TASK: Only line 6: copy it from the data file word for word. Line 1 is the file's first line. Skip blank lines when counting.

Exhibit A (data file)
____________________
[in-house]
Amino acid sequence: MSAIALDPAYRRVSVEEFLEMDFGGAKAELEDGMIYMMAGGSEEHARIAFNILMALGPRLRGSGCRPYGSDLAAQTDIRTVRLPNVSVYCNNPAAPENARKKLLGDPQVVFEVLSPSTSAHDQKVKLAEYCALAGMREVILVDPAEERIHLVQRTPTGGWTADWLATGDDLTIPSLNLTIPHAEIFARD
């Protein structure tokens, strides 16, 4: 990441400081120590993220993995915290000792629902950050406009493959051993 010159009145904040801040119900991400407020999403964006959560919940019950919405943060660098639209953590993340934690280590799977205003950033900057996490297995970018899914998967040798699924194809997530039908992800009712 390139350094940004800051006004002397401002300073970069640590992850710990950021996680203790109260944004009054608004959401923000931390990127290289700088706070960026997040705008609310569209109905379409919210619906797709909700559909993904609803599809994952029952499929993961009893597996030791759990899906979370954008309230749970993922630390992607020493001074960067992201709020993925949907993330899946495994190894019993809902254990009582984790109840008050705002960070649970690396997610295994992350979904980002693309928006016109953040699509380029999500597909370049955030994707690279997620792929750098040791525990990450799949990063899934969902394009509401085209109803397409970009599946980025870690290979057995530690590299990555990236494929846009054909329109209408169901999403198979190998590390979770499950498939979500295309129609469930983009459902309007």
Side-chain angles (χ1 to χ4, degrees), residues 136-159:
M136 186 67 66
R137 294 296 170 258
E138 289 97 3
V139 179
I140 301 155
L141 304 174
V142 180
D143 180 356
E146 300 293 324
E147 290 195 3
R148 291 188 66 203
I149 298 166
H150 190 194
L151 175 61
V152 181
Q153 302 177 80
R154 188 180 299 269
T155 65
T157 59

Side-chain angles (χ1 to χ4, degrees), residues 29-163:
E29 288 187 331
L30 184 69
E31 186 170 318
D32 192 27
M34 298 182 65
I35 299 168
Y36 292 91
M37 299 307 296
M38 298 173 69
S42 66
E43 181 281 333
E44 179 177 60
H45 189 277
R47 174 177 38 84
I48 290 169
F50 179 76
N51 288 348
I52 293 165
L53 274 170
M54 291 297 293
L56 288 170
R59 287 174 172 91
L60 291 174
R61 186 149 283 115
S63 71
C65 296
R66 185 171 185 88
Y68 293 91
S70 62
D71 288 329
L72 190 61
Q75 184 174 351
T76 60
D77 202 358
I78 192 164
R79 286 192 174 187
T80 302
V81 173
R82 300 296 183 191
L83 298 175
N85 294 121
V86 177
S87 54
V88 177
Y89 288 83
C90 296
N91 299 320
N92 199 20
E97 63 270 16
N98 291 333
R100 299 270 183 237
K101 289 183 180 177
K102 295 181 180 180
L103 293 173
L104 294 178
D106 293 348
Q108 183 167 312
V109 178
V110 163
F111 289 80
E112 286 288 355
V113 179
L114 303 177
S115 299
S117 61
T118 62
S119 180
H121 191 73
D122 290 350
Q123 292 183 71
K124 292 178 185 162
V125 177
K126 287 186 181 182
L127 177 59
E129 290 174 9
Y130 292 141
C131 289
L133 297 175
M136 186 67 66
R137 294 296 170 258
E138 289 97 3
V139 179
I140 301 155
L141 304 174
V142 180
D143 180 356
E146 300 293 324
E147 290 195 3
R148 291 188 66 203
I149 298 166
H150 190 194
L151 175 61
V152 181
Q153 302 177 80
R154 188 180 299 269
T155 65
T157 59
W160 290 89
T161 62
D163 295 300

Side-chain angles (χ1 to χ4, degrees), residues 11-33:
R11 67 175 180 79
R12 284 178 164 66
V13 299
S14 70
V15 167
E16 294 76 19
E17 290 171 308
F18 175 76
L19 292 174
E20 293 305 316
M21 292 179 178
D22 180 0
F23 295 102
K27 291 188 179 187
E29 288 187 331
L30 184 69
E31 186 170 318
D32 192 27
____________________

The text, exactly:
R137 294 296 170 258